On the date that the paternity action was commenced in this case, Florida was not the "home state" of the child because the child had not lived in Florida for six consecutive months prior to the commencement of the paternity action in November 2003. § 61.503(7), Fla. Stat. (2003). However, no other state had jurisdiction since the mother and the child had lived in several states in the six months prior to their arrival in Florida and the commencement of the paternity action. § 61.514(1)(a)-(b), Fla. Stat. (2003). As a result, because no court of any other state would have had jurisdiction under section 61.514, the Florida trial court had jurisdiction to make an initial custody determination.
In making an initial custody determination, the trial court must evaluate the non-inclusive factors listed in section 61.13(3), Florida Statutes, and determine the best interests of the child. See § 61.13, Fla. Stat. (2008); Fuller v. Fuller, 13 So.3d 1108, 1109 (Fla. 5th DCA 2009); see Burgess v. Burgess, 347 So.2d 1078, 1079 (Fla. 1st DCA 1977) (stating that polestar for guidance in custody proceedings is best interests of child). However, there is no statutory requirement that the trial court make specific written findings in a custody decision. See Adair v. Adair, 720 So.2d 316, 317 (Fla. 4th DCA 1998); Murphy v. Murphy, 621 So.2d 455, 456-57 (Fla. 4th DCA 1993). Thus, a final judgment is not erroneous simply for failing to list the factors on which it relied in making its determination. Aguirre v. Aguirre, 985 So.2d 1203, 1206 (Fla. 4th DCA 2008).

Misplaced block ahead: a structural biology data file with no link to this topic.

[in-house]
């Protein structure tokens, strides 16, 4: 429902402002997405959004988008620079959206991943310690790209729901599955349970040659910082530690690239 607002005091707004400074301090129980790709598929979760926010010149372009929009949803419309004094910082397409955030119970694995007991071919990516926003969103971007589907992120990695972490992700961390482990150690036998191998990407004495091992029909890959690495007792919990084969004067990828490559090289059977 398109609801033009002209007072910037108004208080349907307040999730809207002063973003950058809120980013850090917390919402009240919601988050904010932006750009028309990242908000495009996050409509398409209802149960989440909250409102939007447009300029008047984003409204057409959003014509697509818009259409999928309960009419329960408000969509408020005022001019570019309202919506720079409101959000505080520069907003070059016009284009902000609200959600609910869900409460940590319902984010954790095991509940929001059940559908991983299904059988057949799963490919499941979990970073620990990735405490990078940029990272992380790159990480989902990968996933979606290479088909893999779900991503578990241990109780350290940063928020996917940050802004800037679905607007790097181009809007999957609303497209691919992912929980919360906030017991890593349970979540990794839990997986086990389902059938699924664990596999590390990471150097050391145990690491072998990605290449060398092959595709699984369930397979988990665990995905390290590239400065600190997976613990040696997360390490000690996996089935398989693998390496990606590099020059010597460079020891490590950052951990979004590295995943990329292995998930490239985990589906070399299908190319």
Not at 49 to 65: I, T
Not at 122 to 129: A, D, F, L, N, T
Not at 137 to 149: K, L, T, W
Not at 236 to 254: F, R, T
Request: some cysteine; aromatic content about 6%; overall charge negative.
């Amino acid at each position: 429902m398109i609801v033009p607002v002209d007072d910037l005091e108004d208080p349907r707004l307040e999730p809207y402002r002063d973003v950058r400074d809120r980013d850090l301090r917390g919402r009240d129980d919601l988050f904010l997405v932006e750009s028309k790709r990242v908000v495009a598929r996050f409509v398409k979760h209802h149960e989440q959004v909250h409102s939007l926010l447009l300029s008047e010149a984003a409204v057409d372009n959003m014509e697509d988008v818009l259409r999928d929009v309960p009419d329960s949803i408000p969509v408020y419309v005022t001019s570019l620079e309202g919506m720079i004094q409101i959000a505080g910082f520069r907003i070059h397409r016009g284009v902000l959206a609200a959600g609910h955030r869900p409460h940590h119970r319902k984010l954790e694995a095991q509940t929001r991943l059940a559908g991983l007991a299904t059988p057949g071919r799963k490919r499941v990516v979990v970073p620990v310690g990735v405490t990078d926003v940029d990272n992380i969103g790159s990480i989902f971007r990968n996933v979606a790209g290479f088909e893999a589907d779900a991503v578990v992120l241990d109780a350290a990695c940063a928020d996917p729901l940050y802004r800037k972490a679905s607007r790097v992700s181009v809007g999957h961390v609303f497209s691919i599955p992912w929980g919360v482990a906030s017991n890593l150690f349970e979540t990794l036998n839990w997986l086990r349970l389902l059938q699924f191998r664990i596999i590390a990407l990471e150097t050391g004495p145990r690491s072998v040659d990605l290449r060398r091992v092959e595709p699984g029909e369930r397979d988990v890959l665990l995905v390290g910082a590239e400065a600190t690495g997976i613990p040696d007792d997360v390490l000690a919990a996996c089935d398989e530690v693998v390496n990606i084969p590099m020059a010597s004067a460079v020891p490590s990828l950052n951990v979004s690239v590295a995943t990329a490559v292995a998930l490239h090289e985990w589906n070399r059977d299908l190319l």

Here, the court found that it was in the best interest of the child that the mother have primary residential custody. A finding that primary residential custody is in the "best interests" of the child, whether made in the final judgment or at trial, is sufficient to uphold a custody determination so long as there is substantial competent evidence in the record that permits the court to properly evaluate the relevant factors. Aguirre, 985 So.2d at 1206; see Clark v. Clark, 825 So.2d 1016, 1017 (Fla. 1st DCA 2002); Bader v. Bader, 639 So.2d 122 (Fla. 2d DCA 1994). Because no transcript of the final hearing is contained in the record, this Court can review only errors that appear on the face of the judgment. Casella v. Casella, 569 So.2d 848, 849 (Fla. 4th DCA 1990). As no error appears on the face of the judgment, this Court is unable to review the evidentiary basis of the court's ruling, and must affirm on appeal. Aguirre, 985 So.2d at 1206.
However, our review of the judgment does reveal several matters requiring further consideration. In determining child support, the court found that the mother earned $8 per hour working twenty hours per week. With respect to the father's income, the court found that he "has the capacity to be employed!,] earning at least minimum wage and has no disability that would prevent him from working a full-time schedule of forty (40) hours per week." The court then calculated the father's current child support obligation to be $623.53 per month, and determined that he owed retroactive child support in the amount of $29,154. The judgment required the father to pay $124.71 per month toward the arrearage for a total support obligation of $748.24. However, in calculating child support, the court never disclosed the net incomes of each party and the parties' respective shares of the child support expenses. And, the Child Support Guidelines Work-sheet, which would have provided some insight on this issue, was not attached to the final judgment of paternity as the final judgment indicated.